One book wants us to believe that the web is being rebuilt around people. Unfortunately its examples all come from one source so after a while you start to suspect he means the web is being rebuilt around Facebook. Grouped is about the benefits of homophily (being with people like you), about websites that use social proof to show their value and websites that use data from your friends to provide better services to you.

The other book wants you to believe that success in advertising (or anything else) is about your willingness to do the things that other people won't or can't. That may mean thinking thoughts others are afraid to think, seeking inspiration away from your peers and giving someone "the right answer even though you know he doesn't want it."

In Creative Mischief Dave Trott tries to teach the reader that "to be noticed, we need to do something different. To be different, we need to break the rules. To get away with breaking the rules, we need to be clever." In Trott's world "what seemed to be facts were only true if I subscribed to it being that way" and "the rules are meant to be a spring board, not a straitjacket."

His short book walks the reader through the last 4 decades of his escapades and his experiences in the advertising industry. It's fun and cheeky and insightful. It's also lacking in empirical data or research to back up his anecdotes. Adams, on the other hand, has all the data and the citations you could want.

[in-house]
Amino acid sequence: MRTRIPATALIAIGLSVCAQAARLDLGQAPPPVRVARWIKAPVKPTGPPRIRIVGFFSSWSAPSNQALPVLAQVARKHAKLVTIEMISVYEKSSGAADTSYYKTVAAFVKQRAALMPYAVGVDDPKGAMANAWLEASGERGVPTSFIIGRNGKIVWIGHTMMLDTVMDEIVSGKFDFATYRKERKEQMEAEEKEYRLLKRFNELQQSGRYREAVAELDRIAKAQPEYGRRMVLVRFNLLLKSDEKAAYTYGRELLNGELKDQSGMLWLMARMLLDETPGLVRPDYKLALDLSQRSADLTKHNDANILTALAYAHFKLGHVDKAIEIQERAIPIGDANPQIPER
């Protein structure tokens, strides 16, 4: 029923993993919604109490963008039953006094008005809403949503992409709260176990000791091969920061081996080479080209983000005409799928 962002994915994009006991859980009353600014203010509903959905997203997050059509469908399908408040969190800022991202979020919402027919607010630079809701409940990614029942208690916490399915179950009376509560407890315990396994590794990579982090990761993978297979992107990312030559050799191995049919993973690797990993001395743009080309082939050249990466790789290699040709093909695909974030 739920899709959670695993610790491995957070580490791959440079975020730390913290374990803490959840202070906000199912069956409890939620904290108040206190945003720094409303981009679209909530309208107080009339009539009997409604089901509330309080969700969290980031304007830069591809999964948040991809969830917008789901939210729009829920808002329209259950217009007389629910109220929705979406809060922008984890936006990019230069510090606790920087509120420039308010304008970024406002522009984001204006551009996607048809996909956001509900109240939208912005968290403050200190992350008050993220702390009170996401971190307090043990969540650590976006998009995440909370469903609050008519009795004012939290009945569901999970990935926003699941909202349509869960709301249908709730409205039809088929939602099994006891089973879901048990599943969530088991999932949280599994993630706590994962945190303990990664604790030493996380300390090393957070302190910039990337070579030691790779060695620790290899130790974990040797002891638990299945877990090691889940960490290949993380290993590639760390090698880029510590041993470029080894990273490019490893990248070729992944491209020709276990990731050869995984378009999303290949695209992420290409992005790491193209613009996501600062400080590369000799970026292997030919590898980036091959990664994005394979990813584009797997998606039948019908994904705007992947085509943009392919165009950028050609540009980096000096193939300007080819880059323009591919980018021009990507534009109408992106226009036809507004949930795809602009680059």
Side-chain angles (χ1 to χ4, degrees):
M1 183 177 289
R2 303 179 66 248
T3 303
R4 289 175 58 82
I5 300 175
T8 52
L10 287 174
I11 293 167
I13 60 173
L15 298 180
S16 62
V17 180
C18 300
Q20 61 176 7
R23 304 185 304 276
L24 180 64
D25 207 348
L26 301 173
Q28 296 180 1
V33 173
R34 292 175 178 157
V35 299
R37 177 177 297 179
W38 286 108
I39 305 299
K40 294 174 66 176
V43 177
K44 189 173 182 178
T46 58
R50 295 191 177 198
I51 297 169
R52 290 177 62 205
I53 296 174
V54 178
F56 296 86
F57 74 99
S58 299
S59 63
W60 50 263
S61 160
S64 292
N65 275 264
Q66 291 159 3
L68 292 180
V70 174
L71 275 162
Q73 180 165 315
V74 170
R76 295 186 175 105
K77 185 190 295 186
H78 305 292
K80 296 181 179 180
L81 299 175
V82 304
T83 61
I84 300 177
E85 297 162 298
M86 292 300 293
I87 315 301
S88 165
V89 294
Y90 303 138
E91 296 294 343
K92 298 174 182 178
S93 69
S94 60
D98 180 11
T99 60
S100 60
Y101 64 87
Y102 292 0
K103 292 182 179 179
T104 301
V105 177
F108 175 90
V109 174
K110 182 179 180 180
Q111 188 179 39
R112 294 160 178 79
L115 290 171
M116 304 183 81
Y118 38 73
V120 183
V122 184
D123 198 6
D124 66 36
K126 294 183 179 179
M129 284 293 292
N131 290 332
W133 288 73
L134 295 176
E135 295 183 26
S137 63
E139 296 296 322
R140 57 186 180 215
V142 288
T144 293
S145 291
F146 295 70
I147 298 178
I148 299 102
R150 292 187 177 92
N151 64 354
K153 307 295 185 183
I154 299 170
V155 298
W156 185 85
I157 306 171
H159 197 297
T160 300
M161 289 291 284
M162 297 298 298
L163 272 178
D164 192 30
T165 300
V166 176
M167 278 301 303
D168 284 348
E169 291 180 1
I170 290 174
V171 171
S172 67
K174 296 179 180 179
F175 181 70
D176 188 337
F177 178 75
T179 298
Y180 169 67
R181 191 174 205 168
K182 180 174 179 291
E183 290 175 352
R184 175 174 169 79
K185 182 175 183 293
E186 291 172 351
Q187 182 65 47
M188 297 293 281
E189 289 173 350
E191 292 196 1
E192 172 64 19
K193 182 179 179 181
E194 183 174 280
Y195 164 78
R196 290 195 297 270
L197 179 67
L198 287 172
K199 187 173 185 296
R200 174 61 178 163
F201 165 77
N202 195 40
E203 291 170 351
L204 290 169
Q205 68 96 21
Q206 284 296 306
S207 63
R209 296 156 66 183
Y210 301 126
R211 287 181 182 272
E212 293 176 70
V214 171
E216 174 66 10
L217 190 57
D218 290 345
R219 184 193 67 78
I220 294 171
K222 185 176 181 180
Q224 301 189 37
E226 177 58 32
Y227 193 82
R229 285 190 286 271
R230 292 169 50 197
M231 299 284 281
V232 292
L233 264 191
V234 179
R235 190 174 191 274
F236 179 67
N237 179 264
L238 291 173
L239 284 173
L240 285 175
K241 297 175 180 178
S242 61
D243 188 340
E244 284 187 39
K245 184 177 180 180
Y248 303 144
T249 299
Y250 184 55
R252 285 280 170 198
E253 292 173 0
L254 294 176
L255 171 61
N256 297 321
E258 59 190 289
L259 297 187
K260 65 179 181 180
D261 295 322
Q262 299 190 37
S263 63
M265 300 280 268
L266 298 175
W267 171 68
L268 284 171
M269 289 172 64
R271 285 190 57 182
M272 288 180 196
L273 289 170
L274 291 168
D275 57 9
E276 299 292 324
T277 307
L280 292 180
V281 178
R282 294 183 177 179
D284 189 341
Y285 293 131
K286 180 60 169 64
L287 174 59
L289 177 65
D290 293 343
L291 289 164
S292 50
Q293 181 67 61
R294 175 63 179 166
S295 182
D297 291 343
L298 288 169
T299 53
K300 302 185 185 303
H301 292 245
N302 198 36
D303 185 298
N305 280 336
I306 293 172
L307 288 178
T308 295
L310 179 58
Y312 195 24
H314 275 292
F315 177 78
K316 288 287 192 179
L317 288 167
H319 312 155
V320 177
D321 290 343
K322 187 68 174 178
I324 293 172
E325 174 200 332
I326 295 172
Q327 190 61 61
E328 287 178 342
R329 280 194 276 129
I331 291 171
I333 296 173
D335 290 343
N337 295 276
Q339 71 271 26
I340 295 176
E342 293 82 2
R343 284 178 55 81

The dichotomy between these differing viewpoints was summarised as Mad Men versus Math Men in a recent article. I think it captures something important about the gulf between researchers and storytellers. Storytellers believe it's more important to be inspiring than to be right. Most researchers disagree. Paul Adams is one of the few that sees the value of the storyteller's mode of communication. At the same time I think there's a dichotomy between a homophilous and a heterophilous view of the world.

In Adams's view we want to be nudged into making the same decisions as our close friends and families. He rejects the conventional marketer's search for influencers and tastemakers who can move the masses because
"even when there are influential people and specific situations where they can wield great influence over many others, finding them is so expensive that it becomes a poor investment compared to other available strategies."
This is a world where 'social proof' is the most important thing. This is a world where "we’re only connected to people like us" so "it’s hard for ideas to pass between groups who are separated by dimensions like race, income, and education."

Hubs and influencers

In Trott's view we want to be guided into making decisions that separate us from the herd. This is a world where every appeal to the wisdom of the crowd is countered by citing the danger of pluralistic ignorance.

I much prefer Trott's world because I believe the most valuable relationships are created by the differences between us rather than our similarities. In fact I've been maintaining a Tumblr devoted to the idea of heterophily for a while. I believe heterophily is one of the key ingredients in creating groups that are creative, fulfilling and productive. Despite this I still have to acknowledge that Adams's book is the one you should read if you're interested in improving the performance of your marketing campaigns or understanding the incipient social web. However Trott's book is the one you should read if you want to dream of a better and more interesting world.

  The things you learn in Brooklyn